Scott O. Hirsch CEO and Founder of Media Direct Discusses His Top Three Digital Marketing Tips for Small Businesses

Scott O Hirsch Shares 3 Tips for Small Businesses on Digital Marketing

Small businesses are often running lean, understaffed, overworked, and strapped for cash. That’s why you want to make sure that you as the business owner are taking advantage of every efficiency and opportunity for savings, states Scott O. Hirsch. Enter digital marketing.

If you’re not already on Facebook, Instagram, and/or LinkedIn you should do so immediately. Millennials are no longer the upcoming consumer generation – they’re in their 30s and Gen Z is on the rise. And having grown up with technology from birth, if they can’t find you online and digest your brand quickly and easily, you may as well not exist.

But digital marketing is more than just social media warns, Scott O. Hirsch and founder of Media Direct – a worldwide media solutions provider. Digital marketing encompasses the entirety of your online presence from your website to your SEO strategy to your Social Media campaigns to your blog to your ad placements. All of it combines and works holistically to create your overall brand and online rankings.

“As a small business owner, you have fewer resources than the big boys. Digital marketing is still a field that helps level that difference. If your brand resonates with people and you’re taking the right steps, you can lower those entrance barriers to the market and really make a name for yourself,” says Scott O. Hirsch and digital marketing guru. Here are a few of his top tips for digital marketing for small businesses.

1. Invest Time in Competitor Research to Find Your Differentiator Says Scott O. Hirsch CEO and Digital Marketing Pioneer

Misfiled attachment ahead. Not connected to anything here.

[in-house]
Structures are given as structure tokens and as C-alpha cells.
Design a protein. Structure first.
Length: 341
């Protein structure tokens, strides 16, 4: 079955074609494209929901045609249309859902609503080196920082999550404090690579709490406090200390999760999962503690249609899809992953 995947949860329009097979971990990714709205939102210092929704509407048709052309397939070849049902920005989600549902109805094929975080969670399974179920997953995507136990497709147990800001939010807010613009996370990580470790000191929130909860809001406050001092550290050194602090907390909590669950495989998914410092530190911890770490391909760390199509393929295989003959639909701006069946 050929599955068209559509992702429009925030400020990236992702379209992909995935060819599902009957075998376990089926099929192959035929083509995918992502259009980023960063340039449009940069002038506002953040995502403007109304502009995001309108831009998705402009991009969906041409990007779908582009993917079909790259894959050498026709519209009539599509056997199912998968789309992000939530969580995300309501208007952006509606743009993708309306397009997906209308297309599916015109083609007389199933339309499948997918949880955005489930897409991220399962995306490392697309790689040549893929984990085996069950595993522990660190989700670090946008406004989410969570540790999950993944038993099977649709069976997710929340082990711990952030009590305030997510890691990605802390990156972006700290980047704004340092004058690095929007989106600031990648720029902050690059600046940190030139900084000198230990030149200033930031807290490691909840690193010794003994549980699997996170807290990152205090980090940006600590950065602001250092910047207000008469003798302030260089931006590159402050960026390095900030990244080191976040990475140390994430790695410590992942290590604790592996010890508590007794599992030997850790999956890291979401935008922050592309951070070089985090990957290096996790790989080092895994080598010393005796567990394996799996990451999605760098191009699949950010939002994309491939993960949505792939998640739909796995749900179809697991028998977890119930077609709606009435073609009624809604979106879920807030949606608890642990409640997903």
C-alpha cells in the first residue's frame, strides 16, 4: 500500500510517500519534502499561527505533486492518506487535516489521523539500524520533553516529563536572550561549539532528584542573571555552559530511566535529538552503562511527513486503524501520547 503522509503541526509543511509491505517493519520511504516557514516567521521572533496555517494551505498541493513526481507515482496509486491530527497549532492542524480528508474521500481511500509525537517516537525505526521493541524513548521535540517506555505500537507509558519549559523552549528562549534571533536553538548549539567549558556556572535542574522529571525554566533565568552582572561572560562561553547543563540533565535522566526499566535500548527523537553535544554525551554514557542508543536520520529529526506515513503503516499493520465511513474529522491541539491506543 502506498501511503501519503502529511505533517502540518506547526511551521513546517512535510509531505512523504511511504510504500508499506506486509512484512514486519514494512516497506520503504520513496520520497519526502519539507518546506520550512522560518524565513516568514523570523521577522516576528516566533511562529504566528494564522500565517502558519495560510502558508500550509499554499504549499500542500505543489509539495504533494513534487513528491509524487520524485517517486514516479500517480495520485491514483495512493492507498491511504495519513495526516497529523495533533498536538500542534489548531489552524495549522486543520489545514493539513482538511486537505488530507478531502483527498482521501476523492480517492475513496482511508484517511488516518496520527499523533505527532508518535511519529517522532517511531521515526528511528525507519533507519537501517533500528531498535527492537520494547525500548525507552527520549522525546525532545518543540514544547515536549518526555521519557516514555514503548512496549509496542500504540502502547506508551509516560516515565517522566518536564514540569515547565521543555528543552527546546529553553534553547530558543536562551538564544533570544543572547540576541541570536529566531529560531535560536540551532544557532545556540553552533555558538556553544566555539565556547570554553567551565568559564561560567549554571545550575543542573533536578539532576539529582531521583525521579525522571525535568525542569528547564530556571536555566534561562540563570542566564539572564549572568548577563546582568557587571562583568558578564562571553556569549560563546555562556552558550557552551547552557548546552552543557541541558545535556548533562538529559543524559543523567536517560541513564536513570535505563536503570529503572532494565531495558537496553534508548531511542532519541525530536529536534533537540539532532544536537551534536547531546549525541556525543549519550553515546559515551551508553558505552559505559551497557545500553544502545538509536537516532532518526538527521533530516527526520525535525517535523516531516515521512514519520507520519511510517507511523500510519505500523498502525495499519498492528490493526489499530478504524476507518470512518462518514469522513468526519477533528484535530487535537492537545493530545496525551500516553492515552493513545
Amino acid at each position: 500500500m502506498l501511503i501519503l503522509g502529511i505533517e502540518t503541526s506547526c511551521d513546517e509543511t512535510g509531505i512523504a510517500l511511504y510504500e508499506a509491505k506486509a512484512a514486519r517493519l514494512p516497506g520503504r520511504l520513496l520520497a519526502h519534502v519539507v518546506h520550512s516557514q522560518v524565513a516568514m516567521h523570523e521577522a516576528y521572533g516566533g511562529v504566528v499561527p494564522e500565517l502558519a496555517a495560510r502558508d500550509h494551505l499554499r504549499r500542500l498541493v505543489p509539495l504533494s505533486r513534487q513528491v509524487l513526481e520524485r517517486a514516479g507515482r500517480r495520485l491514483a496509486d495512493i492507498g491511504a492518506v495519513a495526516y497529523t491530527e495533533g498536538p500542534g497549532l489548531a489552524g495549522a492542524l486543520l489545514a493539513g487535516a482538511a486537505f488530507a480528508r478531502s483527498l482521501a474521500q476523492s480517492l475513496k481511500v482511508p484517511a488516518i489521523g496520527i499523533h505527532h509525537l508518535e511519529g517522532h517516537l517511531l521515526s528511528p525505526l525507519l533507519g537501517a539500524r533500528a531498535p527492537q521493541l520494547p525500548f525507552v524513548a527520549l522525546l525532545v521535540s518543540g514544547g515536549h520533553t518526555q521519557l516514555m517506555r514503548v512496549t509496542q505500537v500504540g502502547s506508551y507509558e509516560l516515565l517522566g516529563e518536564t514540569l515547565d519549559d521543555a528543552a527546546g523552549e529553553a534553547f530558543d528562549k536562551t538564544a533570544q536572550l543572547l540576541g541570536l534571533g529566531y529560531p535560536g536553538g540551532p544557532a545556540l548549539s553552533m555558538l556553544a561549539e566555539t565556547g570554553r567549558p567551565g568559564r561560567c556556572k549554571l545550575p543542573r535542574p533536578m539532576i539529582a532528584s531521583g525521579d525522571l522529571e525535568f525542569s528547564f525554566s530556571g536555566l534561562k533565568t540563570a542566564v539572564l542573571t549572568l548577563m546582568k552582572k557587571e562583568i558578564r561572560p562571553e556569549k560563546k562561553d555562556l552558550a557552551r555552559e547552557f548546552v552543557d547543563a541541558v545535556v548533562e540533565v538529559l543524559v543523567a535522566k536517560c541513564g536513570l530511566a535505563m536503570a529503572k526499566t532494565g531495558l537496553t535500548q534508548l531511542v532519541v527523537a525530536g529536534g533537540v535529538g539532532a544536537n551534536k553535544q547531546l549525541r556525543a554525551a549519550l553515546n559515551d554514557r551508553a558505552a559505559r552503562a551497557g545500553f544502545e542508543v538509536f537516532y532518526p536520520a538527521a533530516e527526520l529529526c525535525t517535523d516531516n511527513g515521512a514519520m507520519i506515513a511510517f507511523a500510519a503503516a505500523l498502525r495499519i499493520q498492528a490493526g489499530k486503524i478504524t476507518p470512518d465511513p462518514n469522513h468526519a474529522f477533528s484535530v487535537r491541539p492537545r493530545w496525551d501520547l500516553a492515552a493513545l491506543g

As a local business, you want to be able to differentiate yourself from your larger competitors (or other small businesses with the same services). If you can’t communicate your unique value proposition to your audience, they have no reason to give you their business. And in order to find out what sets you apart, you have to know the competition inside and out! 

Google search is an easy place to start your research. Check on how your competitors are positioning themselves organically as well as through paid advertising. If you’re not sure who your true competitors are, just type in the keywords you want your company to show up for in the search results. If you’re a hair salon, try “best hair salon in [location],” “best haircut,” “cheap haircuts [location],” etc.

Look at who’s showing up first and pay special attention to the words in their meta descriptions – the short description sentence under their business name – and in any service previews that show up. These are a key part of their SEO strategy and an excellent measuring rod for you.

What makes you different or better? Do they offer same-day turnaround? Maybe you deliver within hours. Do they tout “excellent customer service”? Focus on offering “data-driven results”! Having a hard time finding a differentiator? Scott O. Hirsch offers his favorite places to start:

  • Product – offer a new or unique product. Just be prepared for the success to be short-lived as competitors copy your ideas.